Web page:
Residents of Tauranga's failed Bella Vista subdivision still in limbo as compensation day looms

A petition is calling for the Tauranga City Council to purchase the properties of a failed subdivison by the end of this month.

In March, 21 properties in the Bella Vista subdivision were served eviction notices saying they had to evacuate their homes as Cycone Hola approached.

Andre and Chloe Stewart say the Bella Vista saga has left their dreams in tatters. Source: 1 NEWS

Last month a damning report commissioned by the council found major failings, siding with the "innocent" home owners, and council would purchase the ruined homes within months.

The petition signed by more than 480 people claims "no negotiations have commenced".

A homeowner who didn’t want to be named told 1 NEWS there has been "no meeting with council" since June.

He says his family hopes "the council will be fair on market value" when purchasing the damaged homes.

This follows a day of tears and high emotions as affected residents told their stories. Source: 1 NEWS

At the time of the report's release Taurnanga City Council Chief Executive, Gary Poole told 1 NEWS he expected to "resolve this issue in a matter of months, not six months or longer".

The homeowner says council staff "are all going on holidays, and still have not offered us a price".

Mr Poole told 1 NEWS in a written statement: "Since 6 June 2018, when Council resolved to purchase the properties, we have been in regular dialogue with the homeowners’ lawyers and all involved are working hard to progress matters for the homeowners."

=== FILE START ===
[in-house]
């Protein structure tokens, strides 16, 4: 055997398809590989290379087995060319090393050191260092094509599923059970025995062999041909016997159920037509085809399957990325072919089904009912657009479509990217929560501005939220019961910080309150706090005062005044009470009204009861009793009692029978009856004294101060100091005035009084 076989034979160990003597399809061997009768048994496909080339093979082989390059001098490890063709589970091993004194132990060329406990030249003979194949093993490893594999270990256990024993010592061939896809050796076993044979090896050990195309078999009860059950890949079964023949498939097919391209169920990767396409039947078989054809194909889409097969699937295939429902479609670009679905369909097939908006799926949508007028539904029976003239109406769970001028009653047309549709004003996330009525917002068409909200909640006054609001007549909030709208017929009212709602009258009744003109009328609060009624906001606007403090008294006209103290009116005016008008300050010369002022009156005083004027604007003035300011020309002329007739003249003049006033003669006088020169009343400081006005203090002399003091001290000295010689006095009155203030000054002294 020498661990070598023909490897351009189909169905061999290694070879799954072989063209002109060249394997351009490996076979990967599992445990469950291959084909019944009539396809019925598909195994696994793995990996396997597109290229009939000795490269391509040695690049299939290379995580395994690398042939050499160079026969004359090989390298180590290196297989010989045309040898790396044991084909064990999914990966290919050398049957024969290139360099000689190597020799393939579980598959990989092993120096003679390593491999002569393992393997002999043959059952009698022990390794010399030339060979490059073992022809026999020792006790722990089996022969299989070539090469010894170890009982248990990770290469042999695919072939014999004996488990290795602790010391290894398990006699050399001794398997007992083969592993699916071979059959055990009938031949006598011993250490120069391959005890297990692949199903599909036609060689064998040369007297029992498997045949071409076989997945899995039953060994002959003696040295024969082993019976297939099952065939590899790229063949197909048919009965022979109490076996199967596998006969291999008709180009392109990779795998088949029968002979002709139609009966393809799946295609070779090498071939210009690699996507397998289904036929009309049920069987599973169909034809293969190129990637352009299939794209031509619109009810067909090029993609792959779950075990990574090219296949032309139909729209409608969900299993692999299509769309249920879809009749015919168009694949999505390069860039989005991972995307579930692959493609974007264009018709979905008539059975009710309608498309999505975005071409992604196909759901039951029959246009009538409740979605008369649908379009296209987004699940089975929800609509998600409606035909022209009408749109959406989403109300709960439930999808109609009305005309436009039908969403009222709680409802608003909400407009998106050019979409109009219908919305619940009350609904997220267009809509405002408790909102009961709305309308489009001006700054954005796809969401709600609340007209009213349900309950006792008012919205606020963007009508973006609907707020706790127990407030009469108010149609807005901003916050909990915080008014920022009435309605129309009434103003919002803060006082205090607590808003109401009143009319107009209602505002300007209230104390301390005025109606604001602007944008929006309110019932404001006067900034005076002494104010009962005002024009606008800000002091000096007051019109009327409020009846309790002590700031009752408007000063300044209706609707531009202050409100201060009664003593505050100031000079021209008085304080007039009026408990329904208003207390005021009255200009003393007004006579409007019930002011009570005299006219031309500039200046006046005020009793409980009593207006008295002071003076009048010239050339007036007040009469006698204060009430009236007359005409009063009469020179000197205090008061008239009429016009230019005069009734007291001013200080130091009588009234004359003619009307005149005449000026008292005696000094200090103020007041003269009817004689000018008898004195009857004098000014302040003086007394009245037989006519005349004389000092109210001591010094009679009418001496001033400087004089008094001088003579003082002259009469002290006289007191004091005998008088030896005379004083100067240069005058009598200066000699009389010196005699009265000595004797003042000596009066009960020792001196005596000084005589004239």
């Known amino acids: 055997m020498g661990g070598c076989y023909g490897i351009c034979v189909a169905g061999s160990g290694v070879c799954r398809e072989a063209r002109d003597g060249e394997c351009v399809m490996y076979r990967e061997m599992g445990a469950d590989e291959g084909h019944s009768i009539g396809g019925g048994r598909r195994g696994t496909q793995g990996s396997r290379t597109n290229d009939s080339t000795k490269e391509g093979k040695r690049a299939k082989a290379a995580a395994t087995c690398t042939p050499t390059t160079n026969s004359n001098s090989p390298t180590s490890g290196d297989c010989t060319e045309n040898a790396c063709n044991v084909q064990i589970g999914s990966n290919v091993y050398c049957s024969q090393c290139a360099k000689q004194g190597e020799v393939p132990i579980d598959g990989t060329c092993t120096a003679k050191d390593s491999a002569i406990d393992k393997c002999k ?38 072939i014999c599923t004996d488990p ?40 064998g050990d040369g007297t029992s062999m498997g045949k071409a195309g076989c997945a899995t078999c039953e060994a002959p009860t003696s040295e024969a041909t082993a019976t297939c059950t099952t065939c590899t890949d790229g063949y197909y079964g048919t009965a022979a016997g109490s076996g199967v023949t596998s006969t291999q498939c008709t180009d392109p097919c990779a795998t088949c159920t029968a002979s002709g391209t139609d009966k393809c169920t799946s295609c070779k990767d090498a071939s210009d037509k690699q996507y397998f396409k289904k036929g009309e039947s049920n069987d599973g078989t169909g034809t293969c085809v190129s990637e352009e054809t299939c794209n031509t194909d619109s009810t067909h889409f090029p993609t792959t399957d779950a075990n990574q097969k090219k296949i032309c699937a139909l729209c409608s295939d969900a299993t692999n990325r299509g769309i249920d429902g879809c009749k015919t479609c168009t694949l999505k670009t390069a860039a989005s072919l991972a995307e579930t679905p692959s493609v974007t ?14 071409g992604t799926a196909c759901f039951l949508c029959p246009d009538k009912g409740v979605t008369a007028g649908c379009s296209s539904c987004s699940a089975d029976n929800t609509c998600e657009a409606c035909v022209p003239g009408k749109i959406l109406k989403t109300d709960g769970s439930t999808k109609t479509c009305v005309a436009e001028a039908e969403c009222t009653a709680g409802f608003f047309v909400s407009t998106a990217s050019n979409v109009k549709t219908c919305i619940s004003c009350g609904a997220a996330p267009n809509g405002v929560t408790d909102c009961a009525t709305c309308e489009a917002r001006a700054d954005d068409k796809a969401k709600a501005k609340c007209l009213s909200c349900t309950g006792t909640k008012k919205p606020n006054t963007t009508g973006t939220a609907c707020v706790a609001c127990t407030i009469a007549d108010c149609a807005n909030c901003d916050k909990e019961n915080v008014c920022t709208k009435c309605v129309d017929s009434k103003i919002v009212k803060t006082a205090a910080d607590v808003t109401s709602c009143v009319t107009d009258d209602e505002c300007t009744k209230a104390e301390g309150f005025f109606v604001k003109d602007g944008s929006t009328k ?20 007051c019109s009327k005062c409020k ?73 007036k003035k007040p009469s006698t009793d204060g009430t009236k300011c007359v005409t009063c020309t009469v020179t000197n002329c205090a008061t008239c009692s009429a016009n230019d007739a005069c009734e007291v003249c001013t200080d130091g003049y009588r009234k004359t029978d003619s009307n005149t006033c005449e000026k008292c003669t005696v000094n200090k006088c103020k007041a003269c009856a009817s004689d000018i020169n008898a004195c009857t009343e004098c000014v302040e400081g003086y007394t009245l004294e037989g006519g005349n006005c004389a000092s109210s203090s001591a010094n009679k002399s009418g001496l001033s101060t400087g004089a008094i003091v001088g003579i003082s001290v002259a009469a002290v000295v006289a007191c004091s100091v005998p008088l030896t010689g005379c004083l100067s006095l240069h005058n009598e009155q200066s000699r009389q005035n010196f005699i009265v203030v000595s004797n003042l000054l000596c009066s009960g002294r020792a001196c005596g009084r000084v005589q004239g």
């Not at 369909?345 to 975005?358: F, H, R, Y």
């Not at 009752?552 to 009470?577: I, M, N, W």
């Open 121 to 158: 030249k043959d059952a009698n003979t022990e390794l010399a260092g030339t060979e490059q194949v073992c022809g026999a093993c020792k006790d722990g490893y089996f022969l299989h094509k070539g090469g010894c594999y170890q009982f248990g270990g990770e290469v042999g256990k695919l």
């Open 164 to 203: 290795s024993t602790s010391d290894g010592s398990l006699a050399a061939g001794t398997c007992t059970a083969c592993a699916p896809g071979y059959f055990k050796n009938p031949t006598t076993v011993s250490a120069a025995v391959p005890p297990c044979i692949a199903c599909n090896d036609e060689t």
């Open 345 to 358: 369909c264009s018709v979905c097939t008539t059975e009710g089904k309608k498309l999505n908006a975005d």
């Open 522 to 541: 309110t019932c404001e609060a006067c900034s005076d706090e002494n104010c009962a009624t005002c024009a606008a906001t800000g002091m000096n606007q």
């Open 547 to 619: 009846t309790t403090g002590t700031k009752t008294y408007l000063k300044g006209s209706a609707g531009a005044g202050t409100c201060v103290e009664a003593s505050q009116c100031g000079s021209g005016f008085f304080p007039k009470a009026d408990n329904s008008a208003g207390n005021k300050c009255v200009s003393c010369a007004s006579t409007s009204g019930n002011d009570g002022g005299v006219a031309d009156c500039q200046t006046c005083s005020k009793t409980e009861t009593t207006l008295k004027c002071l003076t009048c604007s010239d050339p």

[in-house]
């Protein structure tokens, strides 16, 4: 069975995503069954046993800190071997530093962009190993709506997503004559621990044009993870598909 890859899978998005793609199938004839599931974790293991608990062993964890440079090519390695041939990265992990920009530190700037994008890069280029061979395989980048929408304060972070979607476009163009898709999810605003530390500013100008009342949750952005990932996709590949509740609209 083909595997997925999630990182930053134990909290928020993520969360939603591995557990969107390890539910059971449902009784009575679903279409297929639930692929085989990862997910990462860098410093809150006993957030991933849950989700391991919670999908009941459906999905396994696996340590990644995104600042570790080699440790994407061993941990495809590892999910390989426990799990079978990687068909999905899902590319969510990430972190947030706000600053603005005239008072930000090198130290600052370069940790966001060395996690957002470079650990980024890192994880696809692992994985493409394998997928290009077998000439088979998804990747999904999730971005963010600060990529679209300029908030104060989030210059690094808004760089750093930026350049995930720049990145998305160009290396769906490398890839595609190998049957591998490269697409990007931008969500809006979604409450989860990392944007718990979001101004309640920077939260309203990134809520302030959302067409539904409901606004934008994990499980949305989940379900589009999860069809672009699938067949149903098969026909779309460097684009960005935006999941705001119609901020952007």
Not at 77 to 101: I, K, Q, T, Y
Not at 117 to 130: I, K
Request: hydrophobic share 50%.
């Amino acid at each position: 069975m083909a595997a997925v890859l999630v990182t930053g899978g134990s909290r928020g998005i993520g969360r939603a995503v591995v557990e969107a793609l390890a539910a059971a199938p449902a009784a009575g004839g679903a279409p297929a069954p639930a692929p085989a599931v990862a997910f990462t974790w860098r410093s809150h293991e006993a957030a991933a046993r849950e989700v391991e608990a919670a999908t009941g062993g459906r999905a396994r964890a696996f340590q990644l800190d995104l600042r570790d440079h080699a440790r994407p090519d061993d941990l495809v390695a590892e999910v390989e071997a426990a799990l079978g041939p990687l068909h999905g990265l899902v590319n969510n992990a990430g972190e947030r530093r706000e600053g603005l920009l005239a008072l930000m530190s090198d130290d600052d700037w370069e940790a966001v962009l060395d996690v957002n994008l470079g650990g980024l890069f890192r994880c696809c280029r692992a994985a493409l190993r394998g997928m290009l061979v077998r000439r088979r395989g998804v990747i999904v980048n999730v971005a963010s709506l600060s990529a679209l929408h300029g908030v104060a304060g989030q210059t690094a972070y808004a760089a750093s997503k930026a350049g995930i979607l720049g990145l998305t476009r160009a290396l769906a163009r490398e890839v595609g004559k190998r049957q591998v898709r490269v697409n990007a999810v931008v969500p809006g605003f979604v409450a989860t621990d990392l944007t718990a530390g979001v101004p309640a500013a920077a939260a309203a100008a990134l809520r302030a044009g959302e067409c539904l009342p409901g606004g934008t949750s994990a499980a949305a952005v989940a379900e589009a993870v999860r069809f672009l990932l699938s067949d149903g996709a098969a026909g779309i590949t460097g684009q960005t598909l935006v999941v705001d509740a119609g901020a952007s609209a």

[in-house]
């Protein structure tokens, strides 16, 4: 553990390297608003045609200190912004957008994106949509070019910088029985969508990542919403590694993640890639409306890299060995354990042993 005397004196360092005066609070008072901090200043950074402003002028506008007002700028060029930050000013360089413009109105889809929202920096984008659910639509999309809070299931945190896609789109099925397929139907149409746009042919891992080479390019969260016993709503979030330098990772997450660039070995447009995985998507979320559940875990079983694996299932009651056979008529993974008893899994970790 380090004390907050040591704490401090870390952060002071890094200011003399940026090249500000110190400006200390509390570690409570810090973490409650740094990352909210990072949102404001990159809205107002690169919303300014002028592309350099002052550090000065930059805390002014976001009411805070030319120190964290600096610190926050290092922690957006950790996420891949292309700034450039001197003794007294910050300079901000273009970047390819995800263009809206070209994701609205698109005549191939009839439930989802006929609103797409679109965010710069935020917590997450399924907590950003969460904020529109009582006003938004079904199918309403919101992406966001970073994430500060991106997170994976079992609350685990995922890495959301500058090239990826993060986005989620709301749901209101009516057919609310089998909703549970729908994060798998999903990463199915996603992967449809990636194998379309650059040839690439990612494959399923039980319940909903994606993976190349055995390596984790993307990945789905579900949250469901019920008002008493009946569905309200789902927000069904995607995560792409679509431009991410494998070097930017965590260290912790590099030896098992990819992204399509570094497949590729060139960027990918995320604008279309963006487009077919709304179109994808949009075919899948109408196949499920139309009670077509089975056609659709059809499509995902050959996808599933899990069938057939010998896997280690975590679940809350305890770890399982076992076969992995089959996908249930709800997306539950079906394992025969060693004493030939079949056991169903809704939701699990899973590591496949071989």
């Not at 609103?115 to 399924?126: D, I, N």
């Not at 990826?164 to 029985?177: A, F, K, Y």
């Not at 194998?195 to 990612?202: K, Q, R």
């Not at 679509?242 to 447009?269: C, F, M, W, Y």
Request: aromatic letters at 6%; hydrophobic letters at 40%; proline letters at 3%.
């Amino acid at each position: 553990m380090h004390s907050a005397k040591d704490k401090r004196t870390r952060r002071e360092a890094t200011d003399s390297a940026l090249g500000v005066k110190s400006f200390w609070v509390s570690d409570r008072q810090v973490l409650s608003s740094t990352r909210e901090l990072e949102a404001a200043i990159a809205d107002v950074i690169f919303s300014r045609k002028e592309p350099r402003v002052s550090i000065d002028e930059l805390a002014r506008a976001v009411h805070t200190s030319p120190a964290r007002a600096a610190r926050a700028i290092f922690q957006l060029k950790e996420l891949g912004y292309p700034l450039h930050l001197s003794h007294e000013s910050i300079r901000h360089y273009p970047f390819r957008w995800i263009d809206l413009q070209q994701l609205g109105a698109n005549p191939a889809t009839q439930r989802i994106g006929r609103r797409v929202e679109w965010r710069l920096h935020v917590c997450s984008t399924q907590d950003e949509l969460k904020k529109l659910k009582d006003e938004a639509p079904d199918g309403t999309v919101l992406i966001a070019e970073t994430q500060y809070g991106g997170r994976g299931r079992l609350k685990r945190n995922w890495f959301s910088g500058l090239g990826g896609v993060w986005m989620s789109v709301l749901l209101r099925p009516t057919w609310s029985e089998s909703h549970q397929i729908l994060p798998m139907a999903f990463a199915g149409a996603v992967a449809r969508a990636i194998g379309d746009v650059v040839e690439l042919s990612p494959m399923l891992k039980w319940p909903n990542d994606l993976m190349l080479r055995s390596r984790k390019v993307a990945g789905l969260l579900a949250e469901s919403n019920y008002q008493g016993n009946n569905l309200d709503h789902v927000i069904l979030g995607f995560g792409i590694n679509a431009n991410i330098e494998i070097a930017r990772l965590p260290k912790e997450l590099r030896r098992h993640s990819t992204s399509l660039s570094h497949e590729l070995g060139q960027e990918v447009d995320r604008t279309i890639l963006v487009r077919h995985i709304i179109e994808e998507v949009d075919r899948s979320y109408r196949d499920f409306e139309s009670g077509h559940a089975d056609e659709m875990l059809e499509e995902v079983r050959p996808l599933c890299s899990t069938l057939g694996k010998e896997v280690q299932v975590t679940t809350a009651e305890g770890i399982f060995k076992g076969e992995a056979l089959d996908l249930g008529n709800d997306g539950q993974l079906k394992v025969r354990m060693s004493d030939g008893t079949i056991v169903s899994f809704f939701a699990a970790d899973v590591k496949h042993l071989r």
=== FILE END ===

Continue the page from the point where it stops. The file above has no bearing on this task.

"Every effort is being made to progress things as quickly as possible. This is a complex matter that the Council wants to ensure is resolved properly."

A damning report into the Bella Vista residences has called for an inquiry. Source: 1 NEWS

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Record number of asylum seekers in NZ last year

More asylum seekers claimed refuge once they were in New Zealand last year than in any year on record.

China had the highest number of approvals, followed by Russia and Turkey.

Asylum claims grew to 438, but a higher number were rejected compared to previous years.

China has been in the top three countries for asylum approvals for the past 10 years.

Asylum seekers either apply to the Refugee Status Branch once they arrive in New Zealand, or UNHCR-mandated refugees are brought in under the Government refugee quota.

Among refugees who entered through the quota, Syria, Myanmar, Colombia and Afghanistan accounted for three quarters of last year's 1000-strong intake.

The quota will rise to 1500 refugees in 2020.

The most common settlement areas last year were Wellington with 246 refugees and Otago with 182.

Southland had its first 43 Colombian arrivals through the new settlement scheme there.

More than half of Wellington's quota refugees came from Syria and Iran.

No refugees were placed in Canterbury.

Christchurch needed more infrastructure rebuilding before it could become a suitable refugee settlement location again, Immigration New Zealand said last year.

About 20 quota refugees from Afghanistan and Eritrea will be resettled in the city in March next year, with 40 more in the rest of 2019.

There are now seven places where refugees are settled long-term in New Zealand: Auckland, Hamilton, Manawatū, Wellington, Nelson, Dunedin and Invercargill.

The government pulled back the number of quota refugees settling in Auckland in 2016, due to the lack of affordable housing.

Almost 300 were settled there in 2008 compared to 86 last year.

The Government is considering setting up additional settlement locations to accommodate the increase in refugees.

rnz.co.nz